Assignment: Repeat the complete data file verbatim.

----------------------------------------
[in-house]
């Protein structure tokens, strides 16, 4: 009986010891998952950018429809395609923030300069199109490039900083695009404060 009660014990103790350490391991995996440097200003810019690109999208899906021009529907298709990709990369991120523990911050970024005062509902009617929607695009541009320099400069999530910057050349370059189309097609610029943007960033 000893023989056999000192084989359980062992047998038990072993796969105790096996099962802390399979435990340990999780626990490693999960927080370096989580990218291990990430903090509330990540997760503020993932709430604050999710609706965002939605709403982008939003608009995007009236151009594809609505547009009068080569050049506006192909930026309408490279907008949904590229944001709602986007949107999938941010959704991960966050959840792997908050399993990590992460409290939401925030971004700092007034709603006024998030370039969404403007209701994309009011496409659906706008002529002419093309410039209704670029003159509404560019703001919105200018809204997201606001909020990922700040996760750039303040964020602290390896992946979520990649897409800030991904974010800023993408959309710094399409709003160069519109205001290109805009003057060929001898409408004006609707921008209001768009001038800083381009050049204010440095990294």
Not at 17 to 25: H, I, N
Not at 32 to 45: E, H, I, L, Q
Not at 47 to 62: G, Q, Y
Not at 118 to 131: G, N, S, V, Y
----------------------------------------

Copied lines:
[in-house]
């Protein structure tokens, strides 16, 4: 009986010891998952950018429809395609923030300069199109490039900083695009404060 009660014990103790350490391991995996440097200003810019690109999208899906021009529907298709990709990369991120523990911050970024005062509902009617929607695009541009320099400069999530910057050349370059189309097609610029943007960033 000893023989056999000192084989359980062992047998038990072993796969105790096996099962802390399979435990340990999780626990490693999960927080370096989580990218291990990430903090509330990540997760503020993932709430604050999710609706965002939605709403982008939003608009995007009236151009594809609505547009009068080569050049506006192909930026309408490279907008949904590229944001709602986007949107999938941010959704991960966050959840792997908050399993990590992460409290939401925030971004700092007034709603006024998030370039969404403007209701994309009011496409659906706008002529002419093309410039209704670029003159509404560019703001919105200018809204997201606001909020990922700040996760750039303040964020602290390896992946979520990649897409800030991904974010800023993408959309710094399409709003160069519109205001290109805009003057060929001898409408004006609707921008209001768009001038800083381009050049204010440095990294």
Not at 17 to 25: H, I, N
Not at 32 to 45: E, H, I, L, Q
Not at 47 to 62: G, Q, Y
Not at 118 to 131: G, N, S, V, Y